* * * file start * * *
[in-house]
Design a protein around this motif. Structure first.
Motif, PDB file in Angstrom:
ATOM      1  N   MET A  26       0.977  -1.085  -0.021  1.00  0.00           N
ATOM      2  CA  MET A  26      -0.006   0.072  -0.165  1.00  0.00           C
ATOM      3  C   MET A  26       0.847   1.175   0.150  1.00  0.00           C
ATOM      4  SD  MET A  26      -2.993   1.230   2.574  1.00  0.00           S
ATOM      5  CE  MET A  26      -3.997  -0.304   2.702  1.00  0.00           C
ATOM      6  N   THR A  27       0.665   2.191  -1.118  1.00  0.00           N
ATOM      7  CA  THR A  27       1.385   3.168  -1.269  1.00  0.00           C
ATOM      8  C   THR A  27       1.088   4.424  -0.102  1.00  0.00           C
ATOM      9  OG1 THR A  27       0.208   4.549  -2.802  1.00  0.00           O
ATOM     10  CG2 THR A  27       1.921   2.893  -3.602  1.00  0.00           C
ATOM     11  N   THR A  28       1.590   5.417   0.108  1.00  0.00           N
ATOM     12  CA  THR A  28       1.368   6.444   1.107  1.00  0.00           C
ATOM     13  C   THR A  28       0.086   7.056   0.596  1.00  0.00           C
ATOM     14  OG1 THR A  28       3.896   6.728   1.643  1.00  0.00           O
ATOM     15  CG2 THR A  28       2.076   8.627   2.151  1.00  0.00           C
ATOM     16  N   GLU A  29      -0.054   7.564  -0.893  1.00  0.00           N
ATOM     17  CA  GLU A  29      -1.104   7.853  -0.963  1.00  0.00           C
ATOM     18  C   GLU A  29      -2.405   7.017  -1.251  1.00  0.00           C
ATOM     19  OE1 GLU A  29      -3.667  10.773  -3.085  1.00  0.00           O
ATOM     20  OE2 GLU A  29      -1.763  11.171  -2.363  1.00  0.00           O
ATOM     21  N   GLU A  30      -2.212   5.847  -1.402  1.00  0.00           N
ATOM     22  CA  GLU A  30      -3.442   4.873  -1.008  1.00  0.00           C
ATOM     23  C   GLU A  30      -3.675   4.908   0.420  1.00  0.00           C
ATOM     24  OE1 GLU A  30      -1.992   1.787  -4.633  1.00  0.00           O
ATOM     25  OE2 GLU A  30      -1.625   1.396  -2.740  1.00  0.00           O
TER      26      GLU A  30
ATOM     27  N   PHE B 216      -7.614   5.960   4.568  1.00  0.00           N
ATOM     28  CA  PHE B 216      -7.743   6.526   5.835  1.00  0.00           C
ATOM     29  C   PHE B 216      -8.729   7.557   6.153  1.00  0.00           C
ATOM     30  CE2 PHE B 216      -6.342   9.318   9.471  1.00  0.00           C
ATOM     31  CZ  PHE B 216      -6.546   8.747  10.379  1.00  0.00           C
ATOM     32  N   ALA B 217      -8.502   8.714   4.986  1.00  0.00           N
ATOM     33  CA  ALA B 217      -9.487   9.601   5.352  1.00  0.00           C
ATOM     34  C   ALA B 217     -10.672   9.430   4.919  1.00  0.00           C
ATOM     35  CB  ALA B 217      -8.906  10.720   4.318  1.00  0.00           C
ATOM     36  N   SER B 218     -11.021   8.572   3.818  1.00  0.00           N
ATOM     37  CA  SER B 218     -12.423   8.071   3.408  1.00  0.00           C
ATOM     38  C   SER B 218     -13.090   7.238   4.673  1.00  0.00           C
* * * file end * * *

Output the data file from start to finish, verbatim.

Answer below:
[in-house]
Design a protein around this motif. Structure first.
Motif, PDB file in Angstrom:
ATOM      1  N   MET A  26       0.977  -1.085  -0.021  1.00  0.00           N
ATOM      2  CA  MET A  26      -0.006   0.072  -0.165  1.00  0.00           C
ATOM      3  C   MET A  26       0.847   1.175   0.150  1.00  0.00           C
ATOM      4  SD  MET A  26      -2.993   1.230   2.574  1.00  0.00           S
ATOM      5  CE  MET A  26      -3.997  -0.304   2.702  1.00  0.00           C
ATOM      6  N   THR A  27       0.665   2.191  -1.118  1.00  0.00           N
ATOM      7  CA  THR A  27       1.385   3.168  -1.269  1.00  0.00           C
ATOM      8  C   THR A  27       1.088   4.424  -0.102  1.00  0.00           C
ATOM      9  OG1 THR A  27       0.208   4.549  -2.802  1.00  0.00           O
ATOM     10  CG2 THR A  27       1.921   2.893  -3.602  1.00  0.00           C
ATOM     11  N   THR A  28       1.590   5.417   0.108  1.00  0.00           N
ATOM     12  CA  THR A  28       1.368   6.444   1.107  1.00  0.00           C
ATOM     13  C   THR A  28       0.086   7.056   0.596  1.00  0.00           C
ATOM     14  OG1 THR A  28       3.896   6.728   1.643  1.00  0.00           O
ATOM     15  CG2 THR A  28       2.076   8.627   2.151  1.00  0.00           C
ATOM     16  N   GLU A  29      -0.054   7.564  -0.893  1.00  0.00           N
ATOM     17  CA  GLU A  29      -1.104   7.853  -0.963  1.00  0.00           C
ATOM     18  C   GLU A  29      -2.405   7.017  -1.251  1.00  0.00           C
ATOM     19  OE1 GLU A  29      -3.667  10.773  -3.085  1.00  0.00           O
ATOM     20  OE2 GLU A  29      -1.763  11.171  -2.363  1.00  0.00           O
ATOM     21  N   GLU A  30      -2.212   5.847  -1.402  1.00  0.00           N
ATOM     22  CA  GLU A  30      -3.442   4.873  -1.008  1.00  0.00           C
ATOM     23  C   GLU A  30      -3.675   4.908   0.420  1.00  0.00           C
ATOM     24  OE1 GLU A  30      -1.992   1.787  -4.633  1.00  0.00           O
ATOM     25  OE2 GLU A  30      -1.625   1.396  -2.740  1.00  0.00           O
TER      26      GLU A  30
ATOM     27  N   PHE B 216      -7.614   5.960   4.568  1.00  0.00           N
ATOM     28  CA  PHE B 216      -7.743   6.526   5.835  1.00  0.00           C
ATOM     29  C   PHE B 216      -8.729   7.557   6.153  1.00  0.00           C
ATOM     30  CE2 PHE B 216      -6.342   9.318   9.471  1.00  0.00           C
ATOM     31  CZ  PHE B 216      -6.546   8.747  10.379  1.00  0.00           C
ATOM     32  N   ALA B 217      -8.502   8.714   4.986  1.00  0.00           N
ATOM     33  CA  ALA B 217      -9.487   9.601   5.352  1.00  0.00           C
ATOM     34  C   ALA B 217     -10.672   9.430   4.919  1.00  0.00           C
ATOM     35  CB  ALA B 217      -8.906  10.720   4.318  1.00  0.00           C
ATOM     36  N   SER B 218     -11.021   8.572   3.818  1.00  0.00           N
ATOM     37  CA  SER B 218     -12.423   8.071   3.408  1.00  0.00           C
ATOM     38  C   SER B 218     -13.090   7.238   4.673  1.00  0.00           C